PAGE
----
I am extremely pleased with these draws. My friend David Bauckham has been involved in, and associated with, Sussex football for a long time; primarily with Eastbourne Borough but also, through his love for the local game, county football in general. His passion has manifested itself in his excellent Nomad Online website, the directory for non League football in Sussex. Last season he also produced a wonderful book, along with Terry Buckman, entitled 'A Season Of Sussex Soccer' which is well worth a read. So for me to spend the early rounds of the FA Vase in Sussex is a real coincidence but no less of a treat. By all accounts, Hassocks and Arundel have grounds in two of the most picturesque settings in the county and I'm looking forward with great interest to visiting both.

I am doing this FA Vase venture this season for a number of reasons. One is to get me along to watch more non League football. Following the FA Cup last season was a fantastic experience, but the real joy for me was the involvement I had with non League clubs in the earlier rounds. I also want to understand what the FA Vase means to clubs these days, and what it means to their fans. The phrase 'glory hunter' may spring to some minds; someone who starts with a team he supports but then simply watches the winning team all the way to the Final, supporting different teams along the way? Well, no, far from it. As I did last season in the FA Cup, I attend all games as a 'neutral' and show no allegiances. I cannot even lay claim to be a bona fide supporter of Chertsey Town; they are indeed my local club, down at the bottom of my lane, but I have seen them only a handful of times in the eleven years I have lived in the town. In essence, this is me trying to better my own understanding of the FA Vase and football at this level and, consequently, share some of it with you. Plus, of course, you can't beat the thrill of a journey into the unknown. There is probably no more appropriate a place to start than in county football.

But first things first; a trip to Hassocks awaits me this time next week. Sussex bound once again; I now just need to find out exactly where in the county I will be headed.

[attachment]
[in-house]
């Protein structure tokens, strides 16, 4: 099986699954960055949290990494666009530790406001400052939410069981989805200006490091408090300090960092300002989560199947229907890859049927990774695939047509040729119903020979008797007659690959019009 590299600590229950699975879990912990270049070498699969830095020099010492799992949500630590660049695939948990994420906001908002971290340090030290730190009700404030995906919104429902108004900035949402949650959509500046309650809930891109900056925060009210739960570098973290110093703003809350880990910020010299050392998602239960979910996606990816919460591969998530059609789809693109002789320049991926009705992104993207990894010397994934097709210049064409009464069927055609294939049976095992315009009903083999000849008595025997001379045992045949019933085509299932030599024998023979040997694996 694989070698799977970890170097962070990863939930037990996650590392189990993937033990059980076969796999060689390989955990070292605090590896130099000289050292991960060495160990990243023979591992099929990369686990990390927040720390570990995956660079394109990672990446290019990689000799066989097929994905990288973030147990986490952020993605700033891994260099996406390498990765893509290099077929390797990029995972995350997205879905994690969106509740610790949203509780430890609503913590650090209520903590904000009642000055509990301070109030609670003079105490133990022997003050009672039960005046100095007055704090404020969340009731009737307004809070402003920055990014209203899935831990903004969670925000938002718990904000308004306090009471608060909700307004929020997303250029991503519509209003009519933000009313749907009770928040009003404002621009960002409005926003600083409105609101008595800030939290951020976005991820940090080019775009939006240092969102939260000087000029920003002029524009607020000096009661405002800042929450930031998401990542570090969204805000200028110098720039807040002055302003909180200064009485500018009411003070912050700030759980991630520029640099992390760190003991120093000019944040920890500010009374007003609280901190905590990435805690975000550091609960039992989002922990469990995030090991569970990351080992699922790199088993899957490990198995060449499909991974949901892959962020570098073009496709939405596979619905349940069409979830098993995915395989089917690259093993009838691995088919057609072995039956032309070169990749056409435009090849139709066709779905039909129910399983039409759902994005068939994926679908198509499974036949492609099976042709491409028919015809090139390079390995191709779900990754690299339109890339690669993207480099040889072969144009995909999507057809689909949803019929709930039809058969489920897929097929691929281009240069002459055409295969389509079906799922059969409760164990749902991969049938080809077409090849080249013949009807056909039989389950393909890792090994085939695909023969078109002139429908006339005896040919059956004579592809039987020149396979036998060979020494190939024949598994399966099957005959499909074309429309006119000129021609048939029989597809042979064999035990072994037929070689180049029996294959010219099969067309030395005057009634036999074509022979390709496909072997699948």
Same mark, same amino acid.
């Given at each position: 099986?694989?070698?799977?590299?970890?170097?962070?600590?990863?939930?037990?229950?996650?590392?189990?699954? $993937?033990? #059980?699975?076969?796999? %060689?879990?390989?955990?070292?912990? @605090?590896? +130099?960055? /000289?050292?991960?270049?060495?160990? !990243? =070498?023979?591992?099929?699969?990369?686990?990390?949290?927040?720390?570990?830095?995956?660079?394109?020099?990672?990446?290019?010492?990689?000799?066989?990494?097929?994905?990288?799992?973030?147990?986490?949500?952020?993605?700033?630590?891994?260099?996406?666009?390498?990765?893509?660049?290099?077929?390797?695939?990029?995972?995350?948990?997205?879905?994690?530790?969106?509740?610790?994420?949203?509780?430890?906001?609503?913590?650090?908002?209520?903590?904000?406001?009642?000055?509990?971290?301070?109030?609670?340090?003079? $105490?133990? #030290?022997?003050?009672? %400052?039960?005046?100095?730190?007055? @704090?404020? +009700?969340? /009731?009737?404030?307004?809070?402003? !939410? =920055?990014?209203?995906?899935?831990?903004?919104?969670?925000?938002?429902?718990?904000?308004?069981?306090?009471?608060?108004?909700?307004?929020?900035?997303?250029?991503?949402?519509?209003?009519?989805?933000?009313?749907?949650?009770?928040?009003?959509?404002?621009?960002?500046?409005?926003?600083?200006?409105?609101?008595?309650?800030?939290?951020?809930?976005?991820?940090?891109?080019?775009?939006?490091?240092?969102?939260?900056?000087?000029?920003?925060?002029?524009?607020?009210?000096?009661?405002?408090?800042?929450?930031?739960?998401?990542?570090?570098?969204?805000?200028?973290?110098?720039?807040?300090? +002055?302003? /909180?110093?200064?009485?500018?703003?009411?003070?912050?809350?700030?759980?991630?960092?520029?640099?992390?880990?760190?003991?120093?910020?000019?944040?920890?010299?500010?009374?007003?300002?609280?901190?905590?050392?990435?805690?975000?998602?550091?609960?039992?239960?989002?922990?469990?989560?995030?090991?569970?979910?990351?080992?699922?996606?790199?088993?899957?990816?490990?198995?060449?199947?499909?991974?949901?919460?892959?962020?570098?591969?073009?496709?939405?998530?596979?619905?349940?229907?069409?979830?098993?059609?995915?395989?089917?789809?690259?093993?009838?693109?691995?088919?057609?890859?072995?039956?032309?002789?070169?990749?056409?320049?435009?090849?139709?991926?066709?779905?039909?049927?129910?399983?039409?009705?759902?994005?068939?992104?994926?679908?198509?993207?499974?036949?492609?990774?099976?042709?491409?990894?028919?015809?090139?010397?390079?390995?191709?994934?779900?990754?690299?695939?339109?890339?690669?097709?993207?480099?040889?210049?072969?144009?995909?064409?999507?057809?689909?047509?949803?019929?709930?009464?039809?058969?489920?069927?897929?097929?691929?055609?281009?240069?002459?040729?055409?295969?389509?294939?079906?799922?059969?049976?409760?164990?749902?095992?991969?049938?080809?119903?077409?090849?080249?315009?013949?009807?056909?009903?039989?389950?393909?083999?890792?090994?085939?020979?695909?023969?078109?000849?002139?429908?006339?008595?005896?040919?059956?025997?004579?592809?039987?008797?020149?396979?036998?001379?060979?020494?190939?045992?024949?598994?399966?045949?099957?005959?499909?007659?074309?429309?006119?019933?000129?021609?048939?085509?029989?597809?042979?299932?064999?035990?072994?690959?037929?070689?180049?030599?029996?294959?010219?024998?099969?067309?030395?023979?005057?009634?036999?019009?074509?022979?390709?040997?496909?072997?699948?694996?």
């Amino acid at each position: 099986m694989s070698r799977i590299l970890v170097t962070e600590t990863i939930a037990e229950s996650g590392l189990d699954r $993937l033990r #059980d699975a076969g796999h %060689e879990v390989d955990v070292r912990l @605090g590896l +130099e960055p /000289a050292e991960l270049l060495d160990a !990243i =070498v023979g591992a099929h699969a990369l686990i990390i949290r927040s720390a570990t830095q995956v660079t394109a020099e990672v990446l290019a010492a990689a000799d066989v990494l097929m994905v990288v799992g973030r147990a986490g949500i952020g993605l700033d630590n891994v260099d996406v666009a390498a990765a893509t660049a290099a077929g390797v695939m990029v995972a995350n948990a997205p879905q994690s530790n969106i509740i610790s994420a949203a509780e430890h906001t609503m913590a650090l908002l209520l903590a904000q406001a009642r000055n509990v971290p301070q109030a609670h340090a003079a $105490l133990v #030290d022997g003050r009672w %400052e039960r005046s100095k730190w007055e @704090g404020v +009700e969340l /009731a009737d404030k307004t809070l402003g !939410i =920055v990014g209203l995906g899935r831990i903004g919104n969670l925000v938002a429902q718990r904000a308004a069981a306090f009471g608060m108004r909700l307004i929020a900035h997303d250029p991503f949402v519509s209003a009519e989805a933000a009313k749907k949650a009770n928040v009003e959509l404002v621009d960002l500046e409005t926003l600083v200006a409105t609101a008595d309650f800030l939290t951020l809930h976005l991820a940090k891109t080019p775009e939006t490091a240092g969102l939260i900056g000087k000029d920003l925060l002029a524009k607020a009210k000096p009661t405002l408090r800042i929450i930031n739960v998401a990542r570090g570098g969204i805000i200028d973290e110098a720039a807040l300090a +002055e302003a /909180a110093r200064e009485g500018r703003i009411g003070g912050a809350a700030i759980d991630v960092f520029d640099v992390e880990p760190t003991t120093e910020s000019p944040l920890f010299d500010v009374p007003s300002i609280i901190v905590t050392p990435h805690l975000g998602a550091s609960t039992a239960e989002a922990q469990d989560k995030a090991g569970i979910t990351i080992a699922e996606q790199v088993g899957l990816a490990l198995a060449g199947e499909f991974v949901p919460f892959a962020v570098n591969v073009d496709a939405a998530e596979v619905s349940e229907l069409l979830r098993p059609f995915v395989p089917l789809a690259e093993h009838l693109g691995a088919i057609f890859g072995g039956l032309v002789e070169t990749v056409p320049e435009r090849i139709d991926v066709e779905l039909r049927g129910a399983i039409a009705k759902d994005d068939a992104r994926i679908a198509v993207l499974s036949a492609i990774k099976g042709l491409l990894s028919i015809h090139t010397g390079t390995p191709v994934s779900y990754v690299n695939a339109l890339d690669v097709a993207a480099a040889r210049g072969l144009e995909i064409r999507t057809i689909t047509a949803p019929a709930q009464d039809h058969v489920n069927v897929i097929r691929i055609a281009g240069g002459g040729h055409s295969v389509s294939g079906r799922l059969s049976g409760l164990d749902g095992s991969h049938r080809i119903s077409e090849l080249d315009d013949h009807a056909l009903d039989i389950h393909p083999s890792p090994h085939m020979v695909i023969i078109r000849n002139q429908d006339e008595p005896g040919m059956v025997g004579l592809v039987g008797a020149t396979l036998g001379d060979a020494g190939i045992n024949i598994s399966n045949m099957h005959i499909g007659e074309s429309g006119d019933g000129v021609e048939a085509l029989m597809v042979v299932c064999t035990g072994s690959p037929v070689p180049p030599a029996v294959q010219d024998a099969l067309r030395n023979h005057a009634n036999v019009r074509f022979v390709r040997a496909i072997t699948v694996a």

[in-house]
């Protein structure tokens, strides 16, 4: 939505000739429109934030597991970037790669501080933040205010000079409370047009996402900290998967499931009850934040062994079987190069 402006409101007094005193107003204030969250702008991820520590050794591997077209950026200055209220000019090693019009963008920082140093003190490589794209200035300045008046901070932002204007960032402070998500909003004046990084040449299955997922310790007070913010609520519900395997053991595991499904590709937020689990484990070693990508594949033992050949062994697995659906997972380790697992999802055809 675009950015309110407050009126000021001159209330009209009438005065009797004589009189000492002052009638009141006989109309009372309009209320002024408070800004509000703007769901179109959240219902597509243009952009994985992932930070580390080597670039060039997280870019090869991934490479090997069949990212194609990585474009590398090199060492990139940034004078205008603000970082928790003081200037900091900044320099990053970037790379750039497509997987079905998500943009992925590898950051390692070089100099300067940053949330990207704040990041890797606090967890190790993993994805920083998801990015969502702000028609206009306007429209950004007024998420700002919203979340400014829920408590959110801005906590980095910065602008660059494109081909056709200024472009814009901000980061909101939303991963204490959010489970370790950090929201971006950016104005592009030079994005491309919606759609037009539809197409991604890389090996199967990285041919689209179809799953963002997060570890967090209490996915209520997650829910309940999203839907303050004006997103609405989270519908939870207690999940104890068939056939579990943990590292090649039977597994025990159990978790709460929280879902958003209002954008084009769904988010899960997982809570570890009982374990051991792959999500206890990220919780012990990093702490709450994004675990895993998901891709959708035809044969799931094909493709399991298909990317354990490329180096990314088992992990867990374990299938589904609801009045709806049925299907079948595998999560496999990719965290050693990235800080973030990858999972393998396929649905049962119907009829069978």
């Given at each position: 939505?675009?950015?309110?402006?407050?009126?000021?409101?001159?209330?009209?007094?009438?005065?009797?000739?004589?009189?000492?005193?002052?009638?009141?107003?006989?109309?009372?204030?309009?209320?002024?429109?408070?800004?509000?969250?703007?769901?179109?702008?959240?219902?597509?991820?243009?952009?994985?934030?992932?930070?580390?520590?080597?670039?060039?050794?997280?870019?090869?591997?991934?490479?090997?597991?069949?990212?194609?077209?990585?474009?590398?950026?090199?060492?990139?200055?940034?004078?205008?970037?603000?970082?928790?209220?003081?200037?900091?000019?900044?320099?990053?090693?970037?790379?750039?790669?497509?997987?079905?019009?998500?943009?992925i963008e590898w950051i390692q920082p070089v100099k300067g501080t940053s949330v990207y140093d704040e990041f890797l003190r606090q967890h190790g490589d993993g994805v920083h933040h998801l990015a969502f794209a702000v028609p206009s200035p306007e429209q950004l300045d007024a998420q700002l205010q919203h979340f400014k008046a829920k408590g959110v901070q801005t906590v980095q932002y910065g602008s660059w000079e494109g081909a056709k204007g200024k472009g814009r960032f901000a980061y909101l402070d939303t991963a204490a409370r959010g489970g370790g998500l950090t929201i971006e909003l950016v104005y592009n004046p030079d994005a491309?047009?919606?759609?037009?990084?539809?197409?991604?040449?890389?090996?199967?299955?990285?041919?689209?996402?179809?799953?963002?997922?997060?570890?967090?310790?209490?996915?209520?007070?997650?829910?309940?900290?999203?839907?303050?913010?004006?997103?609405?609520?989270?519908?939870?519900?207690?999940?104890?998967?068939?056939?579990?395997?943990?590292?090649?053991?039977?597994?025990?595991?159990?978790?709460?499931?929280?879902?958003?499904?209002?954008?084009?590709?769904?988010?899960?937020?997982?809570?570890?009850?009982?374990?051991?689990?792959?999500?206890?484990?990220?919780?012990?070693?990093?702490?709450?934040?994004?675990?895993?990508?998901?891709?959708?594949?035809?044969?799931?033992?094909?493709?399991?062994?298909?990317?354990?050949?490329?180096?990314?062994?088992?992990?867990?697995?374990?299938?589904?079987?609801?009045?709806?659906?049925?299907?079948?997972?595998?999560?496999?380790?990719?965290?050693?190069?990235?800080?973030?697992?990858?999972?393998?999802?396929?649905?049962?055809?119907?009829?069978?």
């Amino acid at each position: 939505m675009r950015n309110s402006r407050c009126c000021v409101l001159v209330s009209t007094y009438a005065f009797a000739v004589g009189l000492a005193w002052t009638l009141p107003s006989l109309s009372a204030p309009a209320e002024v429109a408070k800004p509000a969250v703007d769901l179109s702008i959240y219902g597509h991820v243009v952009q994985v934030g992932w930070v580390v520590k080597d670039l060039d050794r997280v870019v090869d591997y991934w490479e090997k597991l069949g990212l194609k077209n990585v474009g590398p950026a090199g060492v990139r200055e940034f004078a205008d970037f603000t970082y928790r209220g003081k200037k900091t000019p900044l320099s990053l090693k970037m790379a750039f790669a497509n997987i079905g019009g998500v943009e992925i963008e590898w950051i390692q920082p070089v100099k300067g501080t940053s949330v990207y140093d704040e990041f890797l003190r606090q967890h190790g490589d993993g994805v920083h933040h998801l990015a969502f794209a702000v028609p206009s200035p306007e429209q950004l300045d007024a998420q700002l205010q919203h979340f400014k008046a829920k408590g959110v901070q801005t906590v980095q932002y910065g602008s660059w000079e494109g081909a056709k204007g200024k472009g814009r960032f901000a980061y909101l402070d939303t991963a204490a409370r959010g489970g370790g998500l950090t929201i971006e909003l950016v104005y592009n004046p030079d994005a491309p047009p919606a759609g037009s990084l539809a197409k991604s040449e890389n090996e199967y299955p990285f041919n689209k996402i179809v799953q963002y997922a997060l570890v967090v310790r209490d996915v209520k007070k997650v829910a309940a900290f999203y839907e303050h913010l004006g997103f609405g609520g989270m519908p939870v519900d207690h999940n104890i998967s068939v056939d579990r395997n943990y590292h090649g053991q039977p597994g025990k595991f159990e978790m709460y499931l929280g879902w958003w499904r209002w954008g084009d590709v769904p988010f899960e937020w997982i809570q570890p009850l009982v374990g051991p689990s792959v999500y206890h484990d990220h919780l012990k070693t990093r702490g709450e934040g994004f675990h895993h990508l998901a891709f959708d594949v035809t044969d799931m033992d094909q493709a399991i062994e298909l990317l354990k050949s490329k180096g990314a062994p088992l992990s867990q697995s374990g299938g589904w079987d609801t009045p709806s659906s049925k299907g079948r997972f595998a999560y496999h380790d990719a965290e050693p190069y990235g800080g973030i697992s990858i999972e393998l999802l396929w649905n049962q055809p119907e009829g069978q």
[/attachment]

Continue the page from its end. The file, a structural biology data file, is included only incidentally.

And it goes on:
Friday, 12 September 2008

Game 2: Chertsey Town 3, Oakwood 2

First Round Qualifying Replay ~ Tuesday 9th September 2008
Venue: Alwyns Lane, Chertsey, Surrey
Attendance: 69

Distance travelled: a stone's throw

I would have been the guy at the 1966 World Cup Final who left in disgust when Wolfgang Weber poked Germany level in the closing minutes of normal time. When Kennedy was shot I would have been the chap who was in a shop in downtown Dallas trying to buy more camera film. As the RMS Titanic went down I would be the one at the bar still waiting for the waiter to bring me some ice. Whilst Neil Alden Armstrong took "one giant leap for mankind", I'd be the one person on this planet watching 'On The Buses' on the other channel. I miss things. In Tuesday night's game at Chertsey, I missed the home team's vital equaliser against Oakwood. When I say I missed it, I was completely oblivious to it, so much so that at the final whistle I had settled down for extra-time whilst the rest of the crowd filed out of Alwyns Lane and headed home for a cocoa and an early night.

My excuse was I was in the bar talking to Andy Pearson. Andy epitomises the type of person that clubs at this level rely on to survive; on Tuesday night he was manning the bar. On matchdays he also takes the photographs. He maintains and updates the recently revamped Chertsey Town website. Plus undoubtedly many more duties. Along with the other committee members, he is part of the lifeblood of the club. I once again bumped into Chris Gay, the club secretary. Whilst juggling an array of jobs at the club, Chris also produces the match programme. This he does from an upstairs room at home, from start to finish including all the printing. It is testament to his dedication that he managed to get a programme out at all for Tuesday's replay; there was so little time between games and he did so at the expense of a great deal of candle wax. And he still found time to speak to the FA who ran a couple of mini-reports on Chertsey Town in the